"Now that," said my friend Walter Atkinson, "is something you just don't see at an AOPA party." The "that" he was referring to was an attractive young woman dancing atop the wing of Herpa's DC-3 with a day-glo, internally lighted hula hoop with auto-sequenced flashers and synchronized color shift. Dan Gryder, the DC-3's owner and chief pilot, was accompanying on trombone. Now neither Walter nor I drink enough anymore to hallucinate, so I swear, this really happened and, well, that's what makes OSH the place to be during the last week in July.
The -3 was parked at the Orion ramp on the north side of Wittman where Dan had put together a nice party for AVweb advertisers and supporters and one that gave us an opportunity to auction off a left-seat ride for the benefit of Challenge Air, one of the worthiest of causes. It also gave me an opportunity to canvass the crowd to ask about the largish elephant in the room these daysthe question of whether GA is about to tank. Is the entire industry on the precipice of a sharp decline due to fuel prices and softness in the general economy? Are we about to be regulated out of existence?
Maybe I am hallucinating, but if there are markedly fewer people at AirVenture, it's not obvious. The North 40 isn't chock-a-block with parked airplanes, but I've seen that before. I have noticed that the car lots are fuller than I ever remember seeing them and foot traffic is as dense as ever. More than once, AVweb's mobile news cartlook for us in the green shirts and flying the green bannergot gridlocked in a sea of humanity. We'll see what EAA's gate receipts show, but for all I know, it's the difference between 100 people and 95. It's just not that noticeable.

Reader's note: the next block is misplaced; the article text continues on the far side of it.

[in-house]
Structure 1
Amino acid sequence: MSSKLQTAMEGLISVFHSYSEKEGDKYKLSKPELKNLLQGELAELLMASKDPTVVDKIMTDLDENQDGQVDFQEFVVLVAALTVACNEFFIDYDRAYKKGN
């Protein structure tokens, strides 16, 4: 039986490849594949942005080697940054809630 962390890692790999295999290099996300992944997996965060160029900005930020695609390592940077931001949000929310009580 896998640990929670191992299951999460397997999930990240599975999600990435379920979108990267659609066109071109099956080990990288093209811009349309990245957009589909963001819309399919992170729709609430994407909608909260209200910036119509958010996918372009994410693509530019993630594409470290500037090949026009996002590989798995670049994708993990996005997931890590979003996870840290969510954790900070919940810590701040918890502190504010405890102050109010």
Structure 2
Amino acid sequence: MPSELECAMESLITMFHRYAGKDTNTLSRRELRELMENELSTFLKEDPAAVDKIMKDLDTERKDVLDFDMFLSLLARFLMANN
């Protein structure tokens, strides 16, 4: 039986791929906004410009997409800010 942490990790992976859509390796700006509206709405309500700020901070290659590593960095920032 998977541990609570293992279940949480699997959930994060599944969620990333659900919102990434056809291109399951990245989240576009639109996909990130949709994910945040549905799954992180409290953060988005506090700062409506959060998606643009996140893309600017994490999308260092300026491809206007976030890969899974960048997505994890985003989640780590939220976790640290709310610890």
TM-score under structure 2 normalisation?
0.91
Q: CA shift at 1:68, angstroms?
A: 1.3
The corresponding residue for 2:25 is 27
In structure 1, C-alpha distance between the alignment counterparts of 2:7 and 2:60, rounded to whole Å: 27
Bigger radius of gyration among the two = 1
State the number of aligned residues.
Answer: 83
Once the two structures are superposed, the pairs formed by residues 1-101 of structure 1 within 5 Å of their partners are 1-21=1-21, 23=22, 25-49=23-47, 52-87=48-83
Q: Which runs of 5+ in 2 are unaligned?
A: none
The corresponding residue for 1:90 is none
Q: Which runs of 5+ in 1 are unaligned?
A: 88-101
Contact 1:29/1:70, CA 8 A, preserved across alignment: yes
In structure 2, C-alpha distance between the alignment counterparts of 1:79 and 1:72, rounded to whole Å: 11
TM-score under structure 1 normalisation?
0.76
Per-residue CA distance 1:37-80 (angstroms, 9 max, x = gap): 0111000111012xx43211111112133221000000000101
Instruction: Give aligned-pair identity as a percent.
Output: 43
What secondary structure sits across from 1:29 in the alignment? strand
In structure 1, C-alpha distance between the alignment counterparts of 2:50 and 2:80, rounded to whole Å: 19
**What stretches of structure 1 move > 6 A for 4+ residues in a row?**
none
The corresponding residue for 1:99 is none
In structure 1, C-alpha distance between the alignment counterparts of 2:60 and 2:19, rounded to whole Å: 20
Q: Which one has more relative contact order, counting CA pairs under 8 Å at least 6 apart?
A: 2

Yesterday, I walked the vendor booths and asked how business was. Everyone I talked to said they we were prepared for sparse attendance but all were seeing more traffic than they expected to. And the river of aviation-oriented humanity is yielding a better class of customer--more buyers, fewer tire kickers. Wag-Aero told me that Wednesday's receipts were within $500 of last year's total, an amount easily lost in the noise level. That makes sense to me. There's nothing like $6 avgas to drive off the riff raff.
I heard quite a few comments to the effect that we should enjoy this while we still can because (a) the Democrats will get elected and regulate general aviation out of existence or (b) the Republicans will and high gas prices and poor business conditions will whither what's left of the industry. When I hear that, I need to remind the speaker to get a grip. While we need to be realistic about the industry's future, let's lose the doom and gloom, please.
As the mood at OSH shows, we are in the middle of a sea change in this country, the long-term effects of which can't be predicted this July or for probably many to come. And yes, GA may retract and it may not be as accessible for as many as it traditionally has been and yes, economics will force us to use our airplanes more wisely. But the industry is sustainable and it will find a way to become more so. I've been following the main stream press reports on consumer reaction to high gas prices and I am, frankly, encouraged. In fact, I'm bordering on bullishness.
Looking around OSH makes me more so. We've reported on some bold products and ideas here, the LSA segment continues to flower and there are more sophisticated and promising innovations than ever. You don't draw the better part of a million people to wander around a small airport in Wisconsin every summer on a lark. Despite high fuel prices and a recession, airplanes and the people who fly them seem to be eternal and thus, there will always be an Oshkosh.